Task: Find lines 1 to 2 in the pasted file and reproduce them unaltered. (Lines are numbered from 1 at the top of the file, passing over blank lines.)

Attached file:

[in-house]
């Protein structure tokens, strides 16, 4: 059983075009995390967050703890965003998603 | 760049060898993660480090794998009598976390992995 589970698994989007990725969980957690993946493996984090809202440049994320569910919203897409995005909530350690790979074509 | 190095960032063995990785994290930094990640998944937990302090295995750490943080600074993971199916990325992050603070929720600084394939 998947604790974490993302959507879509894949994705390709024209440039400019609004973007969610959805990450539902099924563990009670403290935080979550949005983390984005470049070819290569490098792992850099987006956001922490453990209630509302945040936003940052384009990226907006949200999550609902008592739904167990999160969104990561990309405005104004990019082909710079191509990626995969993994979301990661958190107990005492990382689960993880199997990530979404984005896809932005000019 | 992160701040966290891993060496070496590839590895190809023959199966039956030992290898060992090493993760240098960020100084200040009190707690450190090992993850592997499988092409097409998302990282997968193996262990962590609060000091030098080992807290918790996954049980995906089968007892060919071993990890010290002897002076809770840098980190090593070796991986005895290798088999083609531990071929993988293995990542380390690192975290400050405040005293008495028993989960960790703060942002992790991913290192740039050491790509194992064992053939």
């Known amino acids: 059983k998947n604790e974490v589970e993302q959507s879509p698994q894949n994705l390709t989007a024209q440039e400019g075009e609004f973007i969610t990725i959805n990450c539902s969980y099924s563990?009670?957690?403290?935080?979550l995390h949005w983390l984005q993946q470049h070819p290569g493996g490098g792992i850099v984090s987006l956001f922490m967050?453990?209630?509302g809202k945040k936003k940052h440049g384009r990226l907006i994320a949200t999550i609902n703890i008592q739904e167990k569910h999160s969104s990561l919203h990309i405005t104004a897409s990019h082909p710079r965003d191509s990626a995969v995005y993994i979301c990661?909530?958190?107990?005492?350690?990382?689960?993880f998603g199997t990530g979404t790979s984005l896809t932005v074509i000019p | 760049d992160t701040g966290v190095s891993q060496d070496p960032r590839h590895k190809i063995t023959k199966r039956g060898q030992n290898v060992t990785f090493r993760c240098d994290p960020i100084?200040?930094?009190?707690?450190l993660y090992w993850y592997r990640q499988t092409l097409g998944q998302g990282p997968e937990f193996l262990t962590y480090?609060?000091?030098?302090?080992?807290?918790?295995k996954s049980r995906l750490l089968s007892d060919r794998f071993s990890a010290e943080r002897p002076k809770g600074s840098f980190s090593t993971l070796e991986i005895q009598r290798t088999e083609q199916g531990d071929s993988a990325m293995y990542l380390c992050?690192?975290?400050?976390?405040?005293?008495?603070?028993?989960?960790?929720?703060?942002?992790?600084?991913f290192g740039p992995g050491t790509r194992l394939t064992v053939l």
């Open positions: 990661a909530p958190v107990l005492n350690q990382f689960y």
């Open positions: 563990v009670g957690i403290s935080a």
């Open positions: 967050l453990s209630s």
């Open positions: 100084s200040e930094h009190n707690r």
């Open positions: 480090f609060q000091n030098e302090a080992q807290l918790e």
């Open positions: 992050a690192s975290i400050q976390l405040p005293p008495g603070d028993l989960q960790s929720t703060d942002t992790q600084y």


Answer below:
[in-house]
């Protein structure tokens, strides 16, 4: 059983075009995390967050703890965003998603 | 760049060898993660480090794998009598976390992995 589970698994989007990725969980957690993946493996984090809202440049994320569910919203897409995005909530350690790979074509 | 190095960032063995990785994290930094990640998944937990302090295995750490943080600074993971199916990325992050603070929720600084394939 998947604790974490993302959507879509894949994705390709024209440039400019609004973007969610959805990450539902099924563990009670403290935080979550949005983390984005470049070819290569490098792992850099987006956001922490453990209630509302945040936003940052384009990226907006949200999550609902008592739904167990999160969104990561990309405005104004990019082909710079191509990626995969993994979301990661958190107990005492990382689960993880199997990530979404984005896809932005000019 | 992160701040966290891993060496070496590839590895190809023959199966039956030992290898060992090493993760240098960020100084200040009190707690450190090992993850592997499988092409097409998302990282997968193996262990962590609060000091030098080992807290918790996954049980995906089968007892060919071993990890010290002897002076809770840098980190090593070796991986005895290798088999083609531990071929993988293995990542380390690192975290400050405040005293008495028993989960960790703060942002992790991913290192740039050491790509194992064992053939």